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- Why is membership of the EU in its current form not compatible with Local Sovereignty’s core principles?
- Is there any real possibility of satisfactory reform of the EU?
- What reforms to the EU would reconcile Local Sovereignty to Britain’s continued long-term membership?
- Why isn’t the June 2016 referendum a clear mandate for Britain to leave the EU?
1. Why is membership of the EU in its current form not compatible with Local Sovereignty’s core principles?
The principle of subsidiarity – that decisions should be taken at the most appropriate level in order to ensure that powers are exercised as close to the citizen as possible – is central to Local Sovereignty’s philosophy and we don’t believe it should ever be set aside.
The EU, however, treats that principle as subordinate to the ‘four freedoms’ (freedom of movement of goods, capital, services, and people). Since freedom of movement clearly has potential for undermining social cohesion we don’t believe it is reasonable for it to be treated as an absolute. more
The lack of satisfactory democratic accountability is also unacceptable to us.
2. Is there any real possibility of satisfactory reform of the EU?
We believe there is.
The Brexit vote has clearly been a major shock for the EU itself, adding to the considerable pressure for internal reform already coming from within most of its member countries. The fact that it was not willing to offer the UK the special treatment that David Cameron sought doesn’t mean it wouldn’t be willing to implement more principled reforms which would have the support of people in the other member countries.
We do recognise that the EU may prove to be as incapable of reform as its strongest critics argue. However, its existence will prevent Britain establishing satisfactory alternative relationships with the remaining member countries so, even if it is truly unreformable, it might still be wiser to stay inside it and actively work to break it apart than to leave it unilaterally.
3. What reforms to the EU would reconcile Local Sovereignty to Britain’s continued long-term membership?
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Principally, reform of democratic accountabilty within the EU and a forensic review of the four freedoms:
- Legislative powers need to be exercised by representatives who are fully accountable and subject to recall. Essentially, the reforms we see as necessary within Britain are also needed within the European Union. We believe such reforms will very likely be demanded by voters in other member countries once they see them implemented in Britain.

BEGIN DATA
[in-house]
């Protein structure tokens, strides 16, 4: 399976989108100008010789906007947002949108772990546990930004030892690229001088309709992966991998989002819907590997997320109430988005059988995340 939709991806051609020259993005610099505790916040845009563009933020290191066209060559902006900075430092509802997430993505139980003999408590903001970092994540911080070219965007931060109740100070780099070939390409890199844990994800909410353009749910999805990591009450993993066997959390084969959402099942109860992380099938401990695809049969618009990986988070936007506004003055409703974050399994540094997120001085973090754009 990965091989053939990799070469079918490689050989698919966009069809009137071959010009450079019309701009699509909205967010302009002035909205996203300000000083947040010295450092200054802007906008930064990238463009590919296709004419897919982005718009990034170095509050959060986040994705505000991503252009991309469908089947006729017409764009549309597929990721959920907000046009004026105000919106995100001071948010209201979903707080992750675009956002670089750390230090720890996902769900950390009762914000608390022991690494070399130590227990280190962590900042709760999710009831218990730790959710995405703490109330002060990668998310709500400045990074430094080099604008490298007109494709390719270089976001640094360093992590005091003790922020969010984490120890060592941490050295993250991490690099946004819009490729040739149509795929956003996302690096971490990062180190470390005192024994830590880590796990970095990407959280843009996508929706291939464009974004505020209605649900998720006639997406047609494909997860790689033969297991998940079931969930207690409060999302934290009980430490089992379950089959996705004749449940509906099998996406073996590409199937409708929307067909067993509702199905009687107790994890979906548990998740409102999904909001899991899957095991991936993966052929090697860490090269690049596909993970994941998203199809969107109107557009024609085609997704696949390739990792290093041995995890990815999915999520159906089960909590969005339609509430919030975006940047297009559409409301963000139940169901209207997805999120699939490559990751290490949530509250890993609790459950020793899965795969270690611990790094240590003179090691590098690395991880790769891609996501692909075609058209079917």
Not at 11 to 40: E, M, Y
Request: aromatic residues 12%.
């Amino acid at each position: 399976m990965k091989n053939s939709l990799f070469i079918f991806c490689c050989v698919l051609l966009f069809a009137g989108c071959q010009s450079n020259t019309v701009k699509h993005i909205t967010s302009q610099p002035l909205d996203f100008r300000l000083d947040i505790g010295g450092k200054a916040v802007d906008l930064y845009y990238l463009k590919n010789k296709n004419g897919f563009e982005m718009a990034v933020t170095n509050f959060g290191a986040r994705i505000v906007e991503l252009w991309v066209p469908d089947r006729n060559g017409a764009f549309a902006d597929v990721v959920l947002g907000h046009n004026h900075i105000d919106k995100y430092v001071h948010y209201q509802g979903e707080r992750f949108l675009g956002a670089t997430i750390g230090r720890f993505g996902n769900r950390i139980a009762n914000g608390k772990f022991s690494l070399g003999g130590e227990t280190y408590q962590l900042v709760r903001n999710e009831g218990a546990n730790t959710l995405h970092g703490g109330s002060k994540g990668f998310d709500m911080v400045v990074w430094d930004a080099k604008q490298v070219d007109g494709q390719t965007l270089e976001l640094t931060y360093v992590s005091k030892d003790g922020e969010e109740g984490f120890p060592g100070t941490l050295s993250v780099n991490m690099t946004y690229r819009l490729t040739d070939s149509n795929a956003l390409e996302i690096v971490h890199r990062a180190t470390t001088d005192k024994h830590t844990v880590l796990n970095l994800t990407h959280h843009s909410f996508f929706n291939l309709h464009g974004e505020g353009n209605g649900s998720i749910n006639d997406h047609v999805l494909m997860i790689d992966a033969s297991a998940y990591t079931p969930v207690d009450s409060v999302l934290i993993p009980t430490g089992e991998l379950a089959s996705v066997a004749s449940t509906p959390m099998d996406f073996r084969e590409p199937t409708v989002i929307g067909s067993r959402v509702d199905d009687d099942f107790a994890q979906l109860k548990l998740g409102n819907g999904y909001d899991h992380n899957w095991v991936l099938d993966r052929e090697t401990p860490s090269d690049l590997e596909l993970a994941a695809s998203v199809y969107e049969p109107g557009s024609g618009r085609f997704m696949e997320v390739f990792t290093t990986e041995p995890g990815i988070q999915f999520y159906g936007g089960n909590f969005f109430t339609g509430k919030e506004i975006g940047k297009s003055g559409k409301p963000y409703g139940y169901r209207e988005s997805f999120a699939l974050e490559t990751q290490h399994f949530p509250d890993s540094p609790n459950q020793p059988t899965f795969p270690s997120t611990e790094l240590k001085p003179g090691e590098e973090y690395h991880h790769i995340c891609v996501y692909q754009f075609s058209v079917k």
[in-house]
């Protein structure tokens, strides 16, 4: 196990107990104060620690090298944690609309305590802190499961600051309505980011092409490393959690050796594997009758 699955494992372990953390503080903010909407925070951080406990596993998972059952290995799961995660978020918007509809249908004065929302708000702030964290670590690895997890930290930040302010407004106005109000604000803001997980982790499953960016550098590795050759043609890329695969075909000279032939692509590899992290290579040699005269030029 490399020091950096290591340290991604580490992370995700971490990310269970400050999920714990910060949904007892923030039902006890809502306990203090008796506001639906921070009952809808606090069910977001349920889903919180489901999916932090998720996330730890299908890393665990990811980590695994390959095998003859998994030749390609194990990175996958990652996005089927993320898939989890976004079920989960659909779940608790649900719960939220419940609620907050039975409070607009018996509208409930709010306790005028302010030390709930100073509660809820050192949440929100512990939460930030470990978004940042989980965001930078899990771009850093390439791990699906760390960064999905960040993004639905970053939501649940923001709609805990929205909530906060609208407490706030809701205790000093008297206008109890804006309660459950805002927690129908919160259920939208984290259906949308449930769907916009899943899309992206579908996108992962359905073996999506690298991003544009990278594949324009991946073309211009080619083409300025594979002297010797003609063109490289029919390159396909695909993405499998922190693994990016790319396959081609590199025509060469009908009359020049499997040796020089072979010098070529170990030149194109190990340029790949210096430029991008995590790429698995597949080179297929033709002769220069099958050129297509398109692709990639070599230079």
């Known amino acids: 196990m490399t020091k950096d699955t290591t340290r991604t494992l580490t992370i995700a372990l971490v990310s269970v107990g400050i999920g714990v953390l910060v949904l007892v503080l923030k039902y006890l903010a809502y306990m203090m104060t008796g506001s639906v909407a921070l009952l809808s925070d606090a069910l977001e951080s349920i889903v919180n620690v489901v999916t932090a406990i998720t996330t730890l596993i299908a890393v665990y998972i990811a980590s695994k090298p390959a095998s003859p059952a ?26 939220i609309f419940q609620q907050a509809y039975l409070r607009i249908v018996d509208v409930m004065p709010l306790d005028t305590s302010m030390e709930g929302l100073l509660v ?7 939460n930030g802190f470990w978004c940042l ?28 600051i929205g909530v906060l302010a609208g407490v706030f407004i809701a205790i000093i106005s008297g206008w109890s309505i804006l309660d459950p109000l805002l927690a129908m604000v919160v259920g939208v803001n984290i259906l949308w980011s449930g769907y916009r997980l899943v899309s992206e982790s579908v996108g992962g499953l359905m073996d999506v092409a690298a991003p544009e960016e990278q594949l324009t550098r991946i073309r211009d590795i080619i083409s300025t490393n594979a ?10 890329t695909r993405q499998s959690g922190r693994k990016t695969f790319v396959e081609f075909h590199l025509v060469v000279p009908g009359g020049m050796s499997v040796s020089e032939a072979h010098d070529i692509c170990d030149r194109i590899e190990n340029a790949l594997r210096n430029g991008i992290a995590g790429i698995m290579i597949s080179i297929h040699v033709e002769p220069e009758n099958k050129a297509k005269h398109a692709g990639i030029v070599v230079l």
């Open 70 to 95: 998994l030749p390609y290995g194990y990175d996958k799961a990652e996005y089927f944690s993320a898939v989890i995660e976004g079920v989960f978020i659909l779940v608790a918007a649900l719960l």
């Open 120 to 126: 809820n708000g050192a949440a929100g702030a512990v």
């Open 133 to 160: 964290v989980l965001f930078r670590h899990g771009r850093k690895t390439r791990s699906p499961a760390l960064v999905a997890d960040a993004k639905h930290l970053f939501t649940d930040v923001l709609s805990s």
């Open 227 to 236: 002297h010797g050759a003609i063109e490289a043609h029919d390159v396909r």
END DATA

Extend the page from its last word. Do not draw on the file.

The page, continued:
- Capital, being wholly artificial, is fundamentally different to people, goods & services which all have intrinsic real-world constraints on movement. The pernicious effects of free movement of people, goods & services are in fact tied up with the free movement of capital (and cause problems within nations as well as between them). In the long term, we think monetary reform could make restrictions on the other three freedoms unnecessary (e.g. if capital flows between economic units were on a purchasing power basis) but, until satisfactory monetary reforms can be implemented, restrictions may be necessary on movement between countries which are very unequal economically. more
4. Why isn’t the June 2016 referendum a clear mandate for Britain to leave the EU?
A mandate for such a major decision ought to demonstrate either a consensus or a settled majority. In that vote, 37.5% of the electorate voted to leave, 34.5% voted to remain and 28% didn’t vote. It clearly wasn’t a consensus: it doesn’t demonstrate that the British people want to leave the EU, it demonstrates that they are divided on the issue. And a single ballot cannot be taken as evidence of a settled majority, especially when the result comes as a shock to the political establishment and much of the population.
The claim that the vote represents a mandate rests on interpreting the result as if it were a first-past-the-post election. But there are fundamental differences between referendums and ordinary elections, differences which significantly affect the way the public engages with the issue at hand. Those differences need to be taken into account. more
Additionally, it’s clear from subsequent investigations and private polls that many people’s decision to vote leave was motivated more by a general disgust with the status quo than with a particular hostility towards the European Union.
No responsible administration would try and ignore the result but anyone who genuinely respects the will of the people would take the trouble to find out what the public really wants and offer reforms which would provide it.
We believe the most important driver of the leave vote was a widespread desire for more autonomy for individuals and local communities and that, if that desire was met, the appetite for leaving the European Union would be significantly lower.